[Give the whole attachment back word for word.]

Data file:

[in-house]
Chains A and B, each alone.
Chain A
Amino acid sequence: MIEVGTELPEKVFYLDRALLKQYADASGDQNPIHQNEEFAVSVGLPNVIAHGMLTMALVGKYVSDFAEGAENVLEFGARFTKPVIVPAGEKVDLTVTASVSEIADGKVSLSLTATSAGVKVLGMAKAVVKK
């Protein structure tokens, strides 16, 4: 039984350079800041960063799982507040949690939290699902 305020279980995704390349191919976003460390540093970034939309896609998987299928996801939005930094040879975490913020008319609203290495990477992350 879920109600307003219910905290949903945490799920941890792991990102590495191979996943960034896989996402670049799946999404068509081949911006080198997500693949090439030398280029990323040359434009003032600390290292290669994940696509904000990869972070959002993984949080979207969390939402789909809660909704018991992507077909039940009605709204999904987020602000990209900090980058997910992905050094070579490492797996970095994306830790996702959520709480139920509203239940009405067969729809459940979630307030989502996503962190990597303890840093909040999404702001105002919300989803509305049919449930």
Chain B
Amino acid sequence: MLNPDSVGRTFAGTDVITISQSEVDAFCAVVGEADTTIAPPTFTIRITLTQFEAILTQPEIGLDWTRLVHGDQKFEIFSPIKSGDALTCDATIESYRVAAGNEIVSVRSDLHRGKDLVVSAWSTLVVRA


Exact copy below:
[in-house]
Chains A and B, each alone.
Chain A
Amino acid sequence: MIEVGTELPEKVFYLDRALLKQYADASGDQNPIHQNEEFAVSVGLPNVIAHGMLTMALVGKYVSDFAEGAENVLEFGARFTKPVIVPAGEKVDLTVTASVSEIADGKVSLSLTATSAGVKVLGMAKAVVKK
């Protein structure tokens, strides 16, 4: 039984350079800041960063799982507040949690939290699902 305020279980995704390349191919976003460390540093970034939309896609998987299928996801939005930094040879975490913020008319609203290495990477992350 879920109600307003219910905290949903945490799920941890792991990102590495191979996943960034896989996402670049799946999404068509081949911006080198997500693949090439030398280029990323040359434009003032600390290292290669994940696509904000990869972070959002993984949080979207969390939402789909809660909704018991992507077909039940009605709204999904987020602000990209900090980058997910992905050094070579490492797996970095994306830790996702959520709480139920509203239940009405067969729809459940979630307030989502996503962190990597303890840093909040999404702001105002919300989803509305049919449930």
Chain B
Amino acid sequence: MLNPDSVGRTFAGTDVITISQSEVDAFCAVVGEADTTIAPPTFTIRITLTQFEAILTQPEIGLDWTRLVHGDQKFEIFSPIKSGDALTCDATIESYRVAAGNEIVSVRSDLHRGKDLVVSAWSTLVVRA